By John M. de Castro, Ph.D.
“Om is a great tool for manifesting positive things in your life. Chanting Om calms your mind and helps you bring in positive energy into your body.” – Times of India
Contemplative practices have been shown to improve health and well-being. One ancient practice that is again receiving acceptance and use is chanting. It is a very common component of many contemplative practices. Chanting is claimed to be helpful in contemplative practice and to help improve physical and mental well-being. OM chanting has been practiced for centuries. But there is very little empirical research on OM chanting or its effectiveness.
In today’s Research News article “Immediate Effects of OM Chanting on Heart Rate Variability Measures Compared Between Experienced and Inexperienced Yoga Practitioners.” (See summary below or view the full text of the study at: https://www.ncbi.nlm.nih.gov/pmc/articles/PMC9015091/ ) Inbaraj and colleagues recruited healthy adult yoga practitioners and yoga naïve individuals and had them perform a loud OM chant for 5 minutes. They were assessed before and after the chanting with an electrocardiogram for assessment of heart rate variability.
They found that at baseline the yoga practitioners had significantly higher levels of high frequency heart rate variability than the yoga naïve group. Compared to baseline and the yoga naïve group after chanting the experienced yoga practitioners had a significant increase in high frequency heart rate variability. The greater the number of years of experience practicing yoga the greater the increase in high frequency heart rate variability.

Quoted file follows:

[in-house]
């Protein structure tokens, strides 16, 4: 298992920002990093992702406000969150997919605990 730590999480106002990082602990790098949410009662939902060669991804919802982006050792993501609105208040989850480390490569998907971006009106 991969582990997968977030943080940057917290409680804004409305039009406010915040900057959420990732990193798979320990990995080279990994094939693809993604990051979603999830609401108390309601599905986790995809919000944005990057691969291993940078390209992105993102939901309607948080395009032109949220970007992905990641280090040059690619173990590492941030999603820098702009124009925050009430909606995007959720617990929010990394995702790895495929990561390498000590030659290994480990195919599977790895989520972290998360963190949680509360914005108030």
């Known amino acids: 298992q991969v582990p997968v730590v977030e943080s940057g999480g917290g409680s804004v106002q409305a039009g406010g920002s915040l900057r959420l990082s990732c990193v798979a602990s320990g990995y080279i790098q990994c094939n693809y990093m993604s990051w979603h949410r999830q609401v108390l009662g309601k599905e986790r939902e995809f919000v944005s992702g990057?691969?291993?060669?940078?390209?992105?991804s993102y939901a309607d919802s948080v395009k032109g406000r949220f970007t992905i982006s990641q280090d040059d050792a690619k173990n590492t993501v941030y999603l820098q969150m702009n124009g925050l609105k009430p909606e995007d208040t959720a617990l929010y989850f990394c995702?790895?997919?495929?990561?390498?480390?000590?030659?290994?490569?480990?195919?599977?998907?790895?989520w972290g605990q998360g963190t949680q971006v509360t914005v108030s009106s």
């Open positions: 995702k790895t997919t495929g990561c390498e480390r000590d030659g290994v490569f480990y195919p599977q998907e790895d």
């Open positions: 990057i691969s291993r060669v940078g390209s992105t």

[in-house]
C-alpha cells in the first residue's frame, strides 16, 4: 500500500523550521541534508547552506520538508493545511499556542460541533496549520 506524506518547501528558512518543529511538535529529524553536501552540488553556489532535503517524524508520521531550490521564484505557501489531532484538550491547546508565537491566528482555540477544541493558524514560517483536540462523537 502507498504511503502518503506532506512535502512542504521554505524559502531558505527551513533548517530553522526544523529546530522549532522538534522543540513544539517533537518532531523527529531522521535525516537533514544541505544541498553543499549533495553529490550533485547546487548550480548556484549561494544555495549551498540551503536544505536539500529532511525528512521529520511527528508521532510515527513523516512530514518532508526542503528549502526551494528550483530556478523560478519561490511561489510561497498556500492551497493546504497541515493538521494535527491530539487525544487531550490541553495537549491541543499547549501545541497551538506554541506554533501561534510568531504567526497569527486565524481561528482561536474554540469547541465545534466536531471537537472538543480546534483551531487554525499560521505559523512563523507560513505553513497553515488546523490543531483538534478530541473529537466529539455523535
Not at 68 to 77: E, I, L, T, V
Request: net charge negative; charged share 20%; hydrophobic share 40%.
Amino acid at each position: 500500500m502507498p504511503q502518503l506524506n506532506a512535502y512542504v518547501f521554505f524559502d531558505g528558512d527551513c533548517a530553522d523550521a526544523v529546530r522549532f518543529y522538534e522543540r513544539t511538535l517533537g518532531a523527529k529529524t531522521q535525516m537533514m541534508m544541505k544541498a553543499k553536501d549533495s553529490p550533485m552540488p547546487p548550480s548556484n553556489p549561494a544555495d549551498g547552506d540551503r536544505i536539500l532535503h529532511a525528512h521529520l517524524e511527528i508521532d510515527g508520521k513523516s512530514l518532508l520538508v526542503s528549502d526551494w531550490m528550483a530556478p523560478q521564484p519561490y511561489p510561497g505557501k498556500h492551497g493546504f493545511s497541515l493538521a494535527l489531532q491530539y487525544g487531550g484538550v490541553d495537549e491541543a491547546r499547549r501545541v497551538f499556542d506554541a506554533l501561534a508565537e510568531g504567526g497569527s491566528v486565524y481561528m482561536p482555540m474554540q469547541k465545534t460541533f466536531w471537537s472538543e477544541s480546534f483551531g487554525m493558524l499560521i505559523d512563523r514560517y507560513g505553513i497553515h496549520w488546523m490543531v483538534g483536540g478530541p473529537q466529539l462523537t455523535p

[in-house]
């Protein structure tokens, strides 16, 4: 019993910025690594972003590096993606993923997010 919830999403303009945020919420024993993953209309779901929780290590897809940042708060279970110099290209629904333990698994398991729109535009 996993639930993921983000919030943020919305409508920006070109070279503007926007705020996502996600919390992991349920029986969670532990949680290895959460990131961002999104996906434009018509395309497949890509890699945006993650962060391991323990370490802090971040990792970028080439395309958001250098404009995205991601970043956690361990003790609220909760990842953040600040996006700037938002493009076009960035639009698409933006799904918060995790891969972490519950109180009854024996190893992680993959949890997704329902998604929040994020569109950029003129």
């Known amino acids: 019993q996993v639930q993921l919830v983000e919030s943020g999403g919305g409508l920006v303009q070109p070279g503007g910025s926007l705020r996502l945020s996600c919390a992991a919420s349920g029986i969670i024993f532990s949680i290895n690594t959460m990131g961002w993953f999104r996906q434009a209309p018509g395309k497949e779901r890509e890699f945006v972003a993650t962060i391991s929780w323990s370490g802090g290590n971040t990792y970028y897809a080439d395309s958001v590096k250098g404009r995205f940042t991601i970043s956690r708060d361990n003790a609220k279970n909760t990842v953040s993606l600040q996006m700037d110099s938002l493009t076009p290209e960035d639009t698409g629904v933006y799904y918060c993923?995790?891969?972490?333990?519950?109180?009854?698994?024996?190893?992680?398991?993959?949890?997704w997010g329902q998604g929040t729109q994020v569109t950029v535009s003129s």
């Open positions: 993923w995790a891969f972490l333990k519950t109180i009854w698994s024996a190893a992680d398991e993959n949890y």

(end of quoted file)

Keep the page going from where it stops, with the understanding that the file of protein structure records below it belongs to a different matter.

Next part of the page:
Increases in heart rate variability indicates a reduction in physiological activation, an increase in parasympathetic relaxation, providing a physiological indicator of calm relaxation. So, the results suggest that practicing yoga increases the ability to relax both in general and after chanting.
Promote the ability to relax with yoga.
“OM is present in everything that we speak. It is the sound of the Universe and everything that it contains. The primordial sound from which everything emerged.” – Meditative Mind
CMCS – Center for Mindfulness and Contemplative Studies
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Inbaraj, G., Rao, R. M., Ram, A., Bayari, S. K., Belur, S., Prathyusha, P. V., Sathyaprabha, T. N., & Udupa, K. (2022). Immediate Effects of OM Chanting on Heart Rate Variability Measures Compared Between Experienced and Inexperienced Yoga Practitioners. International journal of yoga, 15(1), 52–58. https://doi.org/10.4103/ijoy.ijoy_141_21
Chanting “OM” is a form of meditation that has numerous health benefits. However, the neurophysiological mechanisms underpinning its effect are surprisingly scarce. The present study aimed to investigate the effect of OM chanting on autonomic modulation, using heart rate variability (HRV), on experienced yoga practitioners and yoga naïve persons.
This prospective study included 19 yoga practitioners (9 females and 10 males; group mean age ± standard deviation [SD]; 25.9 ± 3.2 years) and 17 yoga naïve persons (8 females and 9 males; group mean age ± SD; 24.8 ± 3.6 years) of both sexes and similar age range. Both the groups were assessed for HRV indices (time and frequency domain measures) before and after loud OM chanting for 5 min.
Baseline comparison using Mann–Whitney U test between groups showed yoga practitioners had significantly increased high frequency (HF) power (P < 0.029) than nonyoga practitioners, signifying a state of tranquility before the chanting of OM. After 5 min of loud chanting of OM, a comparison between groups assessed using Wilcoxon Signed Ranks test revealed: HF Power, a component of the parasympathetic nervous system, was further amplified with a significantly increase (P < 0.001) in the yoga practitioners group compared to nonyoga practitioners. Furthermore, this increase in HF power was positively correlated with the years of experience in yoga.
The present study showed that a brief chanting of OM (5 min) might enhance parasympathetic nervous system activity, promote relaxation, and provide calmness. Further, this experience may be achieved effectively in individuals experienced in yoga than nonyoga practitioners.